Keys to the World

Studio Album by released in 2006
Keys to the World's tracklist:
Why Not Nothing?
Music Is Power
Break the Night With Colour
Words Just Get in the Way
Keys to the World
Sweet Brother Malcolm
Cry Till the Morning
Why Do Lovers?
Simple Song
World Keeps Turning
75 Degrees

Keys to the World review

Keys to the World is Ashcroft's finest solo album yet

As the frontman for the epic British band The Verve, Richard Ashcroft proved himself the spiritual descendant of rock’n’roll icons like Mick Jagger and Jim Morrison – rivetingly charismatic, menacingly serpentine, and possessed of an almost shamanic intensity, he embraced and articulated the anthemic fervor of rock music with a power and eloquence unparalleled by any of his contemporaries. When Noel Gallagher, a man not known for showering his rivals in praise, calls him the best songwriter of his generation that must mean something. Yet after The Verve split up, Richard Ashcroft’s muse has led him further into introspective, acoustic territory. Alone With Everybody had some good moments, but his last album, Human Conditions, was bloated, self-important and filled with enough gushing declarations of love to his wife to make even the most romantic of souls a bit nauseous. After a lengthy hiatus, Ashcroft returns with his third album. Loyal fans will say his talent of writing a good tune never deserted him on both previous LPs, but the good news is on Keys to the World the rest will take notice once again. It is Ashcroft's finest solo album yet. His voice sounds better than ever, and while nothing here recaptures the glory years of The Verve, his songs are more focused than before.

Lyrically the bar has been raised across most of the tunes

The opening tracks Why Not Nothing and Music is Power suggest a rejuvenation not seen on his previous solo efforts; with the former foot-stomper easily his finest rock’n’roll moment post The Verve. On Why Not Nothing Ashcroft sounds angry, re-energized and important again – you couldn't really wish for a better opening track. Similarly, Music is Power sounds fresh and almost funky (it's built around a Curtis Mayfield sample). The lyrics appear to deal with coping with depression and the trademark strings make it one of the most uplifting moments here. Lyrically the bar has been raised across most of the tunes; Ashcroft's voice has matured into a rasp infused combination of Gallagher/Presley and there can be no doubt now he holds the finest voice of the long string of charismatic frontmen the UK has produced. Fine examples of this are on Cry ‘til the Morning and the timeless beauty Sweet Brother Malcolm. A true master of the ballad, Ashcroft exceeds even his own standards with Words Just Get In The Way and the beautiful but sad lament Why Do Lovers. The usual philosophical meanderings are apparent throughout, but never have the songs been so punchy as title track Keys to the World and focused as first single and instant classic Break the Night With Colour.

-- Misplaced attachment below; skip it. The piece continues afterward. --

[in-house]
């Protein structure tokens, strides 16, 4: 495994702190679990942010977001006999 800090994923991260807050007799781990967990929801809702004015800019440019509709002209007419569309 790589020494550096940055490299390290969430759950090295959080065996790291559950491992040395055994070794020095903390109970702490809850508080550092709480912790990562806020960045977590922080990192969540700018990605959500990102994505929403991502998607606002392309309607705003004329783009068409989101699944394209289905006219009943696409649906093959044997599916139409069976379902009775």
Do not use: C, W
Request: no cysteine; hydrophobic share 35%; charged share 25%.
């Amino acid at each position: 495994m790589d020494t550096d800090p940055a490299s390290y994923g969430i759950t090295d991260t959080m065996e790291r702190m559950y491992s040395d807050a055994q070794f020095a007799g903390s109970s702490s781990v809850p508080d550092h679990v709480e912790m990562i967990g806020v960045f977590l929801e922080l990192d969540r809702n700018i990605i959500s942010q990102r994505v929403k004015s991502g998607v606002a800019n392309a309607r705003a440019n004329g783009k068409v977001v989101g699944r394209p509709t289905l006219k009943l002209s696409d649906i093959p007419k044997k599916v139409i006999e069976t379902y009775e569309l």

Return to basics for Britain’s finest troubadour

Keys to the World contains songs written over six years showcasing Ashcroft's sneeringly cocksure vocal in fine, mature form. His voice exudes charisma, whether on slow songs or rasping rockers. Recorded in London, the album was produced by Ashcroft and long-time collaborator Chris Potter. Ashcroft’s new emphasis on classic-tinged soulfulness – a nice change from his occasional, unfortunate tendency towards lumpen Britpop blokeiness – permeates Keys to the World, a factor that sets it on a par with the likes of Weller’s 2000 album Heliocentric in the return-to-form stakes. Simply put, it’s his best set of songs since Urban Hymns. At 44 minutes long and containing 11 tracks, it’s the return to basics for Britain’s finest troubadour. Finally, the man from ‘that’ video has a set of songs that can match anything from ‘that’ band. And the music world is a better place because of it. Richard Ashcroft may not be, as Chris Martin recently declared, the greatest rock’n’roll frontman in the world, but he matters more now than he has for quite some time.

(30.01.2006)
Rate review4.77
Total votes - 22


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